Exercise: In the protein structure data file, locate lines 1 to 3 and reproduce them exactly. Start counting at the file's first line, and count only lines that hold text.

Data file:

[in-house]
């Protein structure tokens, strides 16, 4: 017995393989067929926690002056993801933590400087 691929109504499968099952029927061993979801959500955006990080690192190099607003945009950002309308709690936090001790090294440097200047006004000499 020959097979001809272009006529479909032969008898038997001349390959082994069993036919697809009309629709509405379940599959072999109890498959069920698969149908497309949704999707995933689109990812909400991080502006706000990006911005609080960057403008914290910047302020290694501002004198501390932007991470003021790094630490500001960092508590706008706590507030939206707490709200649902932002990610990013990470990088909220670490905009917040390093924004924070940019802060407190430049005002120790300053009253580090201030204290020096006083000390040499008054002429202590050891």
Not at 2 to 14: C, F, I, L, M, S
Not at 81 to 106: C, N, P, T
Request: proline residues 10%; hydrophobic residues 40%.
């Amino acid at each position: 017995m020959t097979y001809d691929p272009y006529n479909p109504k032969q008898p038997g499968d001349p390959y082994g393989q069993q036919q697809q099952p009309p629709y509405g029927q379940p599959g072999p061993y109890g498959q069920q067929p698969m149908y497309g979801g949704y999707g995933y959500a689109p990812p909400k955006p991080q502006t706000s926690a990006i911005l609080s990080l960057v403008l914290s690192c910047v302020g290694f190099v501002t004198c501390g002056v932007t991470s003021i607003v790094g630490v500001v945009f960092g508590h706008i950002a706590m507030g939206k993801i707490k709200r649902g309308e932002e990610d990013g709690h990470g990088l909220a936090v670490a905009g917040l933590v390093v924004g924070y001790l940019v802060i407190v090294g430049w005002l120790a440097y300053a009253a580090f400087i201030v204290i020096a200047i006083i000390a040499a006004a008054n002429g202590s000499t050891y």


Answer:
[in-house]
């Protein structure tokens, strides 16, 4: 017995393989067929926690002056993801933590400087 691929109504499968099952029927061993979801959500955006990080690192190099607003945009950002309308709690936090001790090294440097200047006004000499 020959097979001809272009006529479909032969008898038997001349390959082994069993036919697809009309629709509405379940599959072999109890498959069920698969149908497309949704999707995933689109990812909400991080502006706000990006911005609080960057403008914290910047302020290694501002004198501390932007991470003021790094630490500001960092508590706008706590507030939206707490709200649902932002990610990013990470990088909220670490905009917040390093924004924070940019802060407190430049005002120790300053009253580090201030204290020096006083000390040499008054002429202590050891």
Not at 2 to 14: C, F, I, L, M, S